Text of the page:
Airbus Defence and Space

Starsem: Soyuz launcher

A solution for every mission

Airbus Defence and Space has formed innovative partnerships with the Russian space industry to complement the Ariane 5 standard and heavy-lift options, enabling Europe to offer a complete family of launchers.

The company is the main shareholder in Starsem, a Franco–Russian joint company that manages Soyuz marketing worldwide. Starsem, instigated by AIRBUS Group in 1996, is registered as a French public limited company. Airbus Defence and Space is the largest shareholder in Starsem with a 35% stake; the other shareholders are the Russian space agency Roskosmos (25%), the Samara Space Centre, which developed Sputnik and continues to be a key global player in launcher design (25%), and Arianespace, the international commercial launch leader (15%).

The Soyuz family of vehicles have so far performed more than 1,700 successful launches. The Russian-built Soyuz launcher is designed to boost small- to medium-weight satellites into low and medium Earth orbits, and is also ideal for interplanetary missions. In 1999, Starsem’s Soyuz launcher successfully orbited 24 of the Globalstar constellation of satellites in six launches, and ESA’s four Cluster scientific satellites in 2000. In June 2003, Starsem launched the first European mission to Mars, Mars Express, and performed its first GTO mission with the Israeli communications satellite Amos-2 in December 2004. Three successful launches were undertaken in 2005 including ESA’s Venus Express mission in November and the first in-orbit test element satellite for the Galileo system (GIOVE-A) in December.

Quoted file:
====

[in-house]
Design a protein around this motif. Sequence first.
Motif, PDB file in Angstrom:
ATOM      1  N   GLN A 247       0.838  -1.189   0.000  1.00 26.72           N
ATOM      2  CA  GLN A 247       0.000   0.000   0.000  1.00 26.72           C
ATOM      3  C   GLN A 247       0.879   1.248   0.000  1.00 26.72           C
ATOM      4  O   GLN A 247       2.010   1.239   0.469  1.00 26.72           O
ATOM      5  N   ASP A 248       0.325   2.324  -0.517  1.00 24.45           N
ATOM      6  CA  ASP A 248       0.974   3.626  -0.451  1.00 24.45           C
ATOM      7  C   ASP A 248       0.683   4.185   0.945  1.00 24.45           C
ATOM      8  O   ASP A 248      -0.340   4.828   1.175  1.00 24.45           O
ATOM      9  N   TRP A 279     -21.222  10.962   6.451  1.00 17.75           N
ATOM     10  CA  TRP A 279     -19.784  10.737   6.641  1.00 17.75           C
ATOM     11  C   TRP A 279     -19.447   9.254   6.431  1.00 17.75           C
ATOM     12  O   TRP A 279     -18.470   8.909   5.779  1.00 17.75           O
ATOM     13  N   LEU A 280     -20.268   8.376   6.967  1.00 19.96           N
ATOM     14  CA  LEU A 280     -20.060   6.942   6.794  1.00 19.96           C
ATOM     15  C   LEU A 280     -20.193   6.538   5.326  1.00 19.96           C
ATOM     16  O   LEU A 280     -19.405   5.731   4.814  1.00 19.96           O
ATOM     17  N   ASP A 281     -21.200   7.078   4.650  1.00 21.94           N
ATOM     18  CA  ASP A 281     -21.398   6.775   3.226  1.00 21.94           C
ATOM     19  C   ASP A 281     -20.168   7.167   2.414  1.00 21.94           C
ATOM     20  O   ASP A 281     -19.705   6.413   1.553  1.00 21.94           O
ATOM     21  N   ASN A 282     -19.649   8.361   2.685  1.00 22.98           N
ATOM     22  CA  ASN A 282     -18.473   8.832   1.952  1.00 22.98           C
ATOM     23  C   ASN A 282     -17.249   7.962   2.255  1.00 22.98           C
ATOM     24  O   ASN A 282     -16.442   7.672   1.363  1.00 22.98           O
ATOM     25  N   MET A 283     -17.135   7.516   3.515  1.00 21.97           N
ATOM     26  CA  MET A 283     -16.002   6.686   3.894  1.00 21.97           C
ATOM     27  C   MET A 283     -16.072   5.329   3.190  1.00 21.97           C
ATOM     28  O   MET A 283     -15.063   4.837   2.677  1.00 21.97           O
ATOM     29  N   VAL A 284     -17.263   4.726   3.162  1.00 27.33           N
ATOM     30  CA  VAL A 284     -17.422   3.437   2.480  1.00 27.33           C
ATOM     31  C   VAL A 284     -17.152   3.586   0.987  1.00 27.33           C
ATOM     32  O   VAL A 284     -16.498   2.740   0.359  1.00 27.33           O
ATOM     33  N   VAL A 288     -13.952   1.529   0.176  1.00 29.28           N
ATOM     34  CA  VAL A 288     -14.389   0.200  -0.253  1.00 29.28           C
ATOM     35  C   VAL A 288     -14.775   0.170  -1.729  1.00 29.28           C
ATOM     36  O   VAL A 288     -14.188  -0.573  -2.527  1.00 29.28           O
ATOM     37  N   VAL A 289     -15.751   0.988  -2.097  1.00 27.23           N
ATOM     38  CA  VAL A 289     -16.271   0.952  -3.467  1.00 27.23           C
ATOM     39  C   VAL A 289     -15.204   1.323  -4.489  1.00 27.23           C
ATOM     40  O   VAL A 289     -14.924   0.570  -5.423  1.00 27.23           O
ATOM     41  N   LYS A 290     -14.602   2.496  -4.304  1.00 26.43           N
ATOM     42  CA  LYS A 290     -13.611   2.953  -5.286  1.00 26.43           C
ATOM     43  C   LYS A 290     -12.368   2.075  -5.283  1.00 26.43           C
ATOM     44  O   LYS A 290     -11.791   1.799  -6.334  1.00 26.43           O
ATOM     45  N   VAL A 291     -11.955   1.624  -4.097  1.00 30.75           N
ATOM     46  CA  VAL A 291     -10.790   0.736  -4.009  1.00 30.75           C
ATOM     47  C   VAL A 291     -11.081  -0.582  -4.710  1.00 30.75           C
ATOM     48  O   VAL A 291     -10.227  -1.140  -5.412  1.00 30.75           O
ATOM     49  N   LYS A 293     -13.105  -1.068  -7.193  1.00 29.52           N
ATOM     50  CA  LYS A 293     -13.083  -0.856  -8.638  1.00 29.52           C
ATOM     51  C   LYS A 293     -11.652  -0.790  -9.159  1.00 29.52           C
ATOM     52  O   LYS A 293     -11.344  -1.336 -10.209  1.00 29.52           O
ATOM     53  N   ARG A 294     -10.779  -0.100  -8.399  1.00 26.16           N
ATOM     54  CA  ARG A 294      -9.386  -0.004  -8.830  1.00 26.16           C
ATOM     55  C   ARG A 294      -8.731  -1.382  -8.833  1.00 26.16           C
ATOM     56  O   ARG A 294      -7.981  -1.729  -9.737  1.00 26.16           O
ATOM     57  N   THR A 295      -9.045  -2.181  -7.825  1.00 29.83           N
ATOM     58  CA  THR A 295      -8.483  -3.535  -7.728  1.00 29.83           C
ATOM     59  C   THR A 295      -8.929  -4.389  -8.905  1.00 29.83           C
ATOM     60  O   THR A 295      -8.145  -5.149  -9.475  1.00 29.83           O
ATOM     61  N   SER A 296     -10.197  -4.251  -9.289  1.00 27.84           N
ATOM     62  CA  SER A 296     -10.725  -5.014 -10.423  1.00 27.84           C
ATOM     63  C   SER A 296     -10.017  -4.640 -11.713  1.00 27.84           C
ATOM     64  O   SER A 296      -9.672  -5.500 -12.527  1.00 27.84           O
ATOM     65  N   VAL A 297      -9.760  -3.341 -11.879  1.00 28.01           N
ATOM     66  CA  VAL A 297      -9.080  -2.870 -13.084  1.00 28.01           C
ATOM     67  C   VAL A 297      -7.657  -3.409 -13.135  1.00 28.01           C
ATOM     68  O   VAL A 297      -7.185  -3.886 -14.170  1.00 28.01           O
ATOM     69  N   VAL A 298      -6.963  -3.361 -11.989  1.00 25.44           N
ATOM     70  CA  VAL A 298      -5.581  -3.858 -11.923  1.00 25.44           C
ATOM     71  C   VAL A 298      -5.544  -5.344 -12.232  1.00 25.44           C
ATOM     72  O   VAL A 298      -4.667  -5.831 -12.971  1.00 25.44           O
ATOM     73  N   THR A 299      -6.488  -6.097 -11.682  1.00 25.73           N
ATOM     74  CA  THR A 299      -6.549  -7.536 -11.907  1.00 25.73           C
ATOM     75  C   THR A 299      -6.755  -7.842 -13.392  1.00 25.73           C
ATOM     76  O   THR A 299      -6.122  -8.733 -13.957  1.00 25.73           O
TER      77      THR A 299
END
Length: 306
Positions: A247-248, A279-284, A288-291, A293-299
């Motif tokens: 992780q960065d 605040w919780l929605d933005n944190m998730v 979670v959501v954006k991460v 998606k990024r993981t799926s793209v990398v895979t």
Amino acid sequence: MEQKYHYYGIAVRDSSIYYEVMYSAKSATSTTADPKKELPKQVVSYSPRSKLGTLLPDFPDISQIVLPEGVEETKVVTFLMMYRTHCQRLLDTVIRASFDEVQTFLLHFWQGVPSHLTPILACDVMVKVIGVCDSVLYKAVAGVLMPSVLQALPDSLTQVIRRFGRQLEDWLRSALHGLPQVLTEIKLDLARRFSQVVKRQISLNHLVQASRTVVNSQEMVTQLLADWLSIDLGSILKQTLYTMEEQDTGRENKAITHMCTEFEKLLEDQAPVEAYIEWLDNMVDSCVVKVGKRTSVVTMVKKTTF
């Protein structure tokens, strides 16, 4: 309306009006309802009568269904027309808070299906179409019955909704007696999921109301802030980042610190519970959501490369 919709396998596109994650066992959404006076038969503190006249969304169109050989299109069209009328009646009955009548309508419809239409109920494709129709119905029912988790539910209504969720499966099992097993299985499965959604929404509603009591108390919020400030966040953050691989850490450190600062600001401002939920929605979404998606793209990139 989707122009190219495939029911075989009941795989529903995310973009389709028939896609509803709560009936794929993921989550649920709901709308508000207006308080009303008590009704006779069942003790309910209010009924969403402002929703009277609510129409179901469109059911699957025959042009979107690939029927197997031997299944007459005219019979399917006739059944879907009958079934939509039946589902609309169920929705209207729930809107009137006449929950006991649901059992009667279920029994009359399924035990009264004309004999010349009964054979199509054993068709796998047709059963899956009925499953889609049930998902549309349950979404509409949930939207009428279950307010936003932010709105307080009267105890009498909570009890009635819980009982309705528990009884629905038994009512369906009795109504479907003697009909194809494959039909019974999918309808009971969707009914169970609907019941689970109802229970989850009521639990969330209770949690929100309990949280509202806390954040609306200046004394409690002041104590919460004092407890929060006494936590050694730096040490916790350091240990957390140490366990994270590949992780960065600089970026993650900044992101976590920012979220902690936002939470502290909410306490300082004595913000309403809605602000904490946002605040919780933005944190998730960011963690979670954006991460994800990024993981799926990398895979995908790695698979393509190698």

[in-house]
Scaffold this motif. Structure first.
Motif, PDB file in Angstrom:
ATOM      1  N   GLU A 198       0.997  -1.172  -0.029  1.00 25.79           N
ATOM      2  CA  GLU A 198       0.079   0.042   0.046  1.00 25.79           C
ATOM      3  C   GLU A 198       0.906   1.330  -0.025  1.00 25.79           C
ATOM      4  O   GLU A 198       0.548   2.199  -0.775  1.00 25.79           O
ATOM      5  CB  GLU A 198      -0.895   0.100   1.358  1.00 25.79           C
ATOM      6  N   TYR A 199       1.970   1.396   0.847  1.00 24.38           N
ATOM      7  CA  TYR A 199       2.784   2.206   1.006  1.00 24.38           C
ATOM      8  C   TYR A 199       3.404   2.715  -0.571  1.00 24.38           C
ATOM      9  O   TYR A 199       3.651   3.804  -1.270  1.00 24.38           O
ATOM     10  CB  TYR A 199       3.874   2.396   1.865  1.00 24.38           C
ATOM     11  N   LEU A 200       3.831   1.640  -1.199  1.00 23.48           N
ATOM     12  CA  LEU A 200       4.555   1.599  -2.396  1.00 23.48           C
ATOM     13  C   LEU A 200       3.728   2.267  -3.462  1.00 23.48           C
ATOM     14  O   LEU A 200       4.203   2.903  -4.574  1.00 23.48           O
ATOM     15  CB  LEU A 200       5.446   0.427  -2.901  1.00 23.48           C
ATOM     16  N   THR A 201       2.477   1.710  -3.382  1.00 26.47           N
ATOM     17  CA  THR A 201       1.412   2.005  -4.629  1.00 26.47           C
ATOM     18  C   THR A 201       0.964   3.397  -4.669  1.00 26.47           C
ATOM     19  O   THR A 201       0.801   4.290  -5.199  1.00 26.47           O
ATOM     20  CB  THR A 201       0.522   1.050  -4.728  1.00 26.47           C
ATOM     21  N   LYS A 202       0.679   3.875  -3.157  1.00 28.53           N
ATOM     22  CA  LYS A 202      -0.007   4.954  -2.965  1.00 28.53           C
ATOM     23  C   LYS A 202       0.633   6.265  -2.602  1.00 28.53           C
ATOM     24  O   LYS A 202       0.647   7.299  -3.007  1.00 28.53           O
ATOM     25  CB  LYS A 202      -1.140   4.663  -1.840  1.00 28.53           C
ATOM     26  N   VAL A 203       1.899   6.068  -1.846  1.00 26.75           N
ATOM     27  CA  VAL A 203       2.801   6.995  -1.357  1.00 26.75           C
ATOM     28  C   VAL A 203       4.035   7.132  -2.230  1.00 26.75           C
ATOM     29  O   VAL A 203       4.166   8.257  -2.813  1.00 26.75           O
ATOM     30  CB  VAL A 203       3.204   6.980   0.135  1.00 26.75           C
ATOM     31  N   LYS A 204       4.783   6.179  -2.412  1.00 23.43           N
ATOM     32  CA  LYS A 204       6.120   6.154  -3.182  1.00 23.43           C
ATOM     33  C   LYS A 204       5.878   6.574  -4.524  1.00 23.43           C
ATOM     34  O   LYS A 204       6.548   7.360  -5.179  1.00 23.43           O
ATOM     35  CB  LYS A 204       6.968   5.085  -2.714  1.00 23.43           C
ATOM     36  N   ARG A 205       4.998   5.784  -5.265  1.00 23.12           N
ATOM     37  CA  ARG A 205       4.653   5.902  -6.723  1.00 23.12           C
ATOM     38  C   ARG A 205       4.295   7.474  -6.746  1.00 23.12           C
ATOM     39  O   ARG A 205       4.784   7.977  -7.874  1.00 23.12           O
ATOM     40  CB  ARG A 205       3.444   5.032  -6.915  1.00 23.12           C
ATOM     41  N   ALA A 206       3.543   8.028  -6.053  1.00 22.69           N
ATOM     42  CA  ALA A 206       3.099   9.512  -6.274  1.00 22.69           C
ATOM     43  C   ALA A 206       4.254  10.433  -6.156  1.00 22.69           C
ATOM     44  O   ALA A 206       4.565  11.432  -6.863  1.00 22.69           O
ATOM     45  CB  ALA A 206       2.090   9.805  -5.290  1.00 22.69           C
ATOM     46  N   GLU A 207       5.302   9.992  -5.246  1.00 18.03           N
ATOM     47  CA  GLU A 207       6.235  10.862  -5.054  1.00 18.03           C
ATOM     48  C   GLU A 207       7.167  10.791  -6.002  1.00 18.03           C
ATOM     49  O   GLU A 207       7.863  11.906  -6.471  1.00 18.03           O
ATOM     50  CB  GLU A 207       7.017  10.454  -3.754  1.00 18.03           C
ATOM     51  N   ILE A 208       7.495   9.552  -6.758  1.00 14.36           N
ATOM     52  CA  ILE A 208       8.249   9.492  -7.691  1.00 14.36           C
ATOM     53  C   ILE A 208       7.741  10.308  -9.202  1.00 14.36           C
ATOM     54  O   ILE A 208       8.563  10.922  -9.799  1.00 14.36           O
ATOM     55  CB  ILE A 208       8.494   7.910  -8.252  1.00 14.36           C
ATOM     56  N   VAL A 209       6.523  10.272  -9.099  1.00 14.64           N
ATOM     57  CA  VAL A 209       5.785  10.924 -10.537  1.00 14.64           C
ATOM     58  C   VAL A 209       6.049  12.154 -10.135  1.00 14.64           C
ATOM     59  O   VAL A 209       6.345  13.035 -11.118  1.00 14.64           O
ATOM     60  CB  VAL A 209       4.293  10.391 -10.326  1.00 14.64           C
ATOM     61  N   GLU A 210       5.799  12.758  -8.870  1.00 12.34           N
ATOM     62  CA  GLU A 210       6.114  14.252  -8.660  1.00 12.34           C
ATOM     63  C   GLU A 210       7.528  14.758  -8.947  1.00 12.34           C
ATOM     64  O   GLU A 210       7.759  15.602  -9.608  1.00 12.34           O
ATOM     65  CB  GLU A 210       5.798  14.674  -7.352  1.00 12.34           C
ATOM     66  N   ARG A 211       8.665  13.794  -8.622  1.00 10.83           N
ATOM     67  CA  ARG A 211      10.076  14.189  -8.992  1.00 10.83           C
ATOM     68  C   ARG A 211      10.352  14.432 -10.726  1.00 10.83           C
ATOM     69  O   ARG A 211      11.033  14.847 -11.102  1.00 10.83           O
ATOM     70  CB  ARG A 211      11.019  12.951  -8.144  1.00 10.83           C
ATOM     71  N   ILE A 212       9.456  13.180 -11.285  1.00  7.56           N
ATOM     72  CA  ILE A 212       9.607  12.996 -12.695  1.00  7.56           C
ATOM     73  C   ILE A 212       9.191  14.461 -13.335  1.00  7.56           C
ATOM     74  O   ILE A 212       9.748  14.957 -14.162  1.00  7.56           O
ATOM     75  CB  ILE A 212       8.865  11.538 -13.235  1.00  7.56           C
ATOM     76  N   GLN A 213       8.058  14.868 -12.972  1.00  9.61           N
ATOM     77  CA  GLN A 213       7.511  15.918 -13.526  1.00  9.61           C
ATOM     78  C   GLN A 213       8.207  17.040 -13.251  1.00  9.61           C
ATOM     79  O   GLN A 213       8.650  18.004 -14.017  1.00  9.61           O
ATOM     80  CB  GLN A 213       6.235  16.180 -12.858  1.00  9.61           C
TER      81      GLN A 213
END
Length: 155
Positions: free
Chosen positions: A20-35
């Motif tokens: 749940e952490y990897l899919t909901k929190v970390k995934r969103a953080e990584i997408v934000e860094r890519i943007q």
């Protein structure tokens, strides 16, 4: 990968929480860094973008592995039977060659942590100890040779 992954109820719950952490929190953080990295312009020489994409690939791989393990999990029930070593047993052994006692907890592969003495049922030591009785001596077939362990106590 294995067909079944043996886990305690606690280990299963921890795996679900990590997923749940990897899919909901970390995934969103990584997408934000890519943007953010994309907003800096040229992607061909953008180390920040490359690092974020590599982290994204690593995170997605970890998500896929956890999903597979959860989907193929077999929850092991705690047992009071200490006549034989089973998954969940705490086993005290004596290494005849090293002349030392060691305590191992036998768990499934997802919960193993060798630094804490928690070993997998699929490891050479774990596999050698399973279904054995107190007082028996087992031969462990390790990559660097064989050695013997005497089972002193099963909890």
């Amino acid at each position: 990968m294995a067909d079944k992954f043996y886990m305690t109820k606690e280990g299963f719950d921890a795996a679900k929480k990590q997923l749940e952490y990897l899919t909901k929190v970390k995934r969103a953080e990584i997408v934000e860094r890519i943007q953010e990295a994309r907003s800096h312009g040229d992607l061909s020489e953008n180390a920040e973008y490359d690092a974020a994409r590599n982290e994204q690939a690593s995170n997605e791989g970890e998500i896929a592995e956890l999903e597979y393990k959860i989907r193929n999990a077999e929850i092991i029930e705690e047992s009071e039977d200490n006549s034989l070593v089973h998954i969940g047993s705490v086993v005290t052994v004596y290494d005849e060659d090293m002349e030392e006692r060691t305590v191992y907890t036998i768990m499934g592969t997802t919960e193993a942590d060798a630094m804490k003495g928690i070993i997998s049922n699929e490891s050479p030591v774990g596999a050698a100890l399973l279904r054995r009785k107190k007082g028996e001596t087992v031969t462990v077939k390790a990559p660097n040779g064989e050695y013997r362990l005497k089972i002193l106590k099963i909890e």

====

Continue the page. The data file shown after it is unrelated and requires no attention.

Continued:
Soyuz launches currently take place from Baikonur Cosmodrome in the Republic of Kazakhstan, central Asia. As of 2010, Soyuz rockets will also be launched from Europe’s spaceport at Kourou, French Guiana, where they will be operated by Arianespace. Airbus Defence and Space strongly supports this decision – offering a launcher for lighter-weight satellites, complementing Ariane 5 for heavy or dual launches, and providing a valuable back-up option, from the same launch site via the same launch operator will enhance European launch capability. Moreover, Kourou’s location close to the equator, as opposed to Baikonur which is situated at 45° North, facilitates launches into equatorial orbit, where spacecraft benefit from the added impetus of the Earth’s rotation.

Launcher SystemSoyuz